Tips & Tricks for the Watercolour Artist


Watercolour is a timeless medium, used by artists from Vincent Van Gogh to Georgia O’Keefe. And while anyone can just pick up a brush and get started, we’ve found a few tips and tricks to help you optimize your watercolour experience.  

1. Using the right watercolour surface

Have you ever seen how water colour paint looks on regular copy paper? The paper buckles, the paint starts to pill, and you don’t get that smooth, even wash that you see with watercolour paper. We mean it when we say that using paper designed for water colour paint makes ALL the difference.

Here are a few of our favourite water colour paper options to get you set up:

 2. Stretch your watercolour paper

Watercolour paper

Stretching your watercolour paper creates a tight, flat surface that is better able to absorb paint. To begin, you’ll want to get the paper wet. Then, simply adhere the paper to a hard board using staples or tape and blot it with a towel to remove excess water. Once it’s dry, you’ll have a stretched surface ready for painting.

3. Test your colours

Before you dive into your art piece, it can be helpful to see what your paint actually looks like on paper. We suggest creating swatches of each colour on a separate piece of paper. It is SO convenient to have them to refer back to as you select the colours for your piece.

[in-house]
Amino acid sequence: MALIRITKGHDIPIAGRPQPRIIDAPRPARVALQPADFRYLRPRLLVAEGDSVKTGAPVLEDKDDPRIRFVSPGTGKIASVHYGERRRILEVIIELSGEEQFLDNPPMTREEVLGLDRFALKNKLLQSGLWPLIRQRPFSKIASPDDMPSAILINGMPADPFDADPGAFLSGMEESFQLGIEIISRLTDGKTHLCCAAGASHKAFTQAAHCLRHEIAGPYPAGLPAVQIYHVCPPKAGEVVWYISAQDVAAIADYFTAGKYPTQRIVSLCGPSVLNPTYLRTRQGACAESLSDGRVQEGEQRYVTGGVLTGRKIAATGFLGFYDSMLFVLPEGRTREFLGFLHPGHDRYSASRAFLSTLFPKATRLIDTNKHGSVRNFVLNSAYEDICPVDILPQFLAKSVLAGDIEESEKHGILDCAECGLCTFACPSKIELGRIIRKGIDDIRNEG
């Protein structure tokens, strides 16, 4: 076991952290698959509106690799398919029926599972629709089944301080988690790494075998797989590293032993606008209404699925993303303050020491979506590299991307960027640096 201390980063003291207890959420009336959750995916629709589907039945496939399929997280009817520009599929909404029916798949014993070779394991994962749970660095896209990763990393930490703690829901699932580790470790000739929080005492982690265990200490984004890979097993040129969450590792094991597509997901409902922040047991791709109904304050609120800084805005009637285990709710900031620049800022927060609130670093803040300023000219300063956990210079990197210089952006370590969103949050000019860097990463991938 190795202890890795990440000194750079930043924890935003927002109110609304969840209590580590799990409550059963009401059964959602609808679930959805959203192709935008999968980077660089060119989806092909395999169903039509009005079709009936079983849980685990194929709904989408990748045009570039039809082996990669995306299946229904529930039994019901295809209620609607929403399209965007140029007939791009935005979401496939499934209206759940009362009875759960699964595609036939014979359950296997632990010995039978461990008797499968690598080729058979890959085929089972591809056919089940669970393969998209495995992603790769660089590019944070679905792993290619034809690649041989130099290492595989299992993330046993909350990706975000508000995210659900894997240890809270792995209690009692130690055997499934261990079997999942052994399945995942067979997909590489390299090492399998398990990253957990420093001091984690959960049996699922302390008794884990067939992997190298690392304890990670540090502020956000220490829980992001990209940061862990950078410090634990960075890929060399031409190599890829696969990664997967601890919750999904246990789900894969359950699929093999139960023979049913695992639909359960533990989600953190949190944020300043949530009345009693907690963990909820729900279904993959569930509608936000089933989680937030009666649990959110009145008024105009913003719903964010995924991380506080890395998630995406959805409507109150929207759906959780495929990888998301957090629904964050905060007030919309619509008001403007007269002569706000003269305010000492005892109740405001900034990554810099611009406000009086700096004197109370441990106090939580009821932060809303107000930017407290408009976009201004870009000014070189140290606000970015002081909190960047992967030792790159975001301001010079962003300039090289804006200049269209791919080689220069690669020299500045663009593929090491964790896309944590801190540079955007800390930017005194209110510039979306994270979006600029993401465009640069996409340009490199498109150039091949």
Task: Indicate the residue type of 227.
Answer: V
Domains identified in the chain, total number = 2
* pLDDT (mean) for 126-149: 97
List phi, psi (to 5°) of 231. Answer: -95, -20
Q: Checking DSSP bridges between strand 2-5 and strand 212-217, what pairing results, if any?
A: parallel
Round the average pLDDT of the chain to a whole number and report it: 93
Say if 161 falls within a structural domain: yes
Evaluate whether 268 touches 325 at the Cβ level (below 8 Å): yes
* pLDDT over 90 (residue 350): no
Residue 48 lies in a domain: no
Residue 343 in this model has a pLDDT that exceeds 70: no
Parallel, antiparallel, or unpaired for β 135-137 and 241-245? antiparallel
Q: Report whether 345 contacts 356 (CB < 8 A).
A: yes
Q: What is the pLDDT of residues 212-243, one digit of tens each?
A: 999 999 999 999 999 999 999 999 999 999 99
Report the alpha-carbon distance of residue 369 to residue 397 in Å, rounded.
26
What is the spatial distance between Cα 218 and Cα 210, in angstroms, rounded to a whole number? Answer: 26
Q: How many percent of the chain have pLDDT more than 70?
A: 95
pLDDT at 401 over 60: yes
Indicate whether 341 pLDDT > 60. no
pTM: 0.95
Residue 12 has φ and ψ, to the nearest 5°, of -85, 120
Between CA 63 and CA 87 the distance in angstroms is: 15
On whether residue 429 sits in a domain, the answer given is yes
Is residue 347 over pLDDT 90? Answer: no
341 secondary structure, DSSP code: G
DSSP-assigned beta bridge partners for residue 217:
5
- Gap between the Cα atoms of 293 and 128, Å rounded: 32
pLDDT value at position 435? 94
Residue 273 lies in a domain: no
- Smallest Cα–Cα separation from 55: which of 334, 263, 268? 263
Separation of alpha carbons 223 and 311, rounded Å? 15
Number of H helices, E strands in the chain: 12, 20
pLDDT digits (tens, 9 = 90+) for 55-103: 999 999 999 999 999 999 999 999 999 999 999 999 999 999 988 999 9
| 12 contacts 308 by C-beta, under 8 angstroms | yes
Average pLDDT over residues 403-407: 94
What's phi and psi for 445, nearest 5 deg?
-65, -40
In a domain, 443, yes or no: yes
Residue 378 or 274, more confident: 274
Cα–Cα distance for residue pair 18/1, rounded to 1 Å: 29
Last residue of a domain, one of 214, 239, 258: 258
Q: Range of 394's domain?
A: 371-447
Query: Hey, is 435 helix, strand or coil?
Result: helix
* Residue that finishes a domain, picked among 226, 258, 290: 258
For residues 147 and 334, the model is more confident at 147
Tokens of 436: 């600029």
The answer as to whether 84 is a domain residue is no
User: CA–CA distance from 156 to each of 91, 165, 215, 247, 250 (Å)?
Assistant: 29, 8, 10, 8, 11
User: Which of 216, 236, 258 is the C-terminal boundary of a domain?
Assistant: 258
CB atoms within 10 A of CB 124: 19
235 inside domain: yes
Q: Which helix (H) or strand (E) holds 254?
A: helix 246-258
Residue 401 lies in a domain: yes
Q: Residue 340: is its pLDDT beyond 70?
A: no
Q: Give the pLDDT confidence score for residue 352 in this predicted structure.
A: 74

4. Do a light sketch

Often, watercolour artists will begin with a light drawing of their chosen design. This is a key step in any watercolour project, but it must be done with caution. You need to make sure you don’t press too hard with your pencil. By keeping it light, you won’t have harsh lines poking through your painting at the end.

Some words of advice:

5. Explore your paint options

Watercolour paint
In the watercolour world, you have options, with each type of paint having its own unique strengths. Here are a few of our favourites:

Pan watercolour – compact and portable, pans are a great option for the on-the-go painter. We recommend the Neva Palette – it features high concentration pigment, high lightfastness, and is great for mixing.

Tube watercolour – termed ‘grown up watercolour’ by some, these paints are great for larger pieces. And if you squeeze out too much and it starts to dry, you can always make it soluble again with just a little water.

Watercolour pencils – this option offers more control in your painting, allowing you to draw your piece first, and then paint over it with a brush. Plus, pencils are incredibly portable.

watercolour pencils

6. Try new techniques

Blooming is a technique used to bleed colours into each other. Looking for a visual? Check out this helpful how-to article complete with photos.

To achieve this effect, soak your brush with water and pigment and apply it to your paper. Next, add a second colour to your brush with the same concentration of water, and apply it to the area. At this point, the colours will be easy to move and blend, allowing you to shape and create a gradient of colour. The last step: just let it dry.

You can also check out the salt technique, the lifting technique, the splatter, or the scratch off.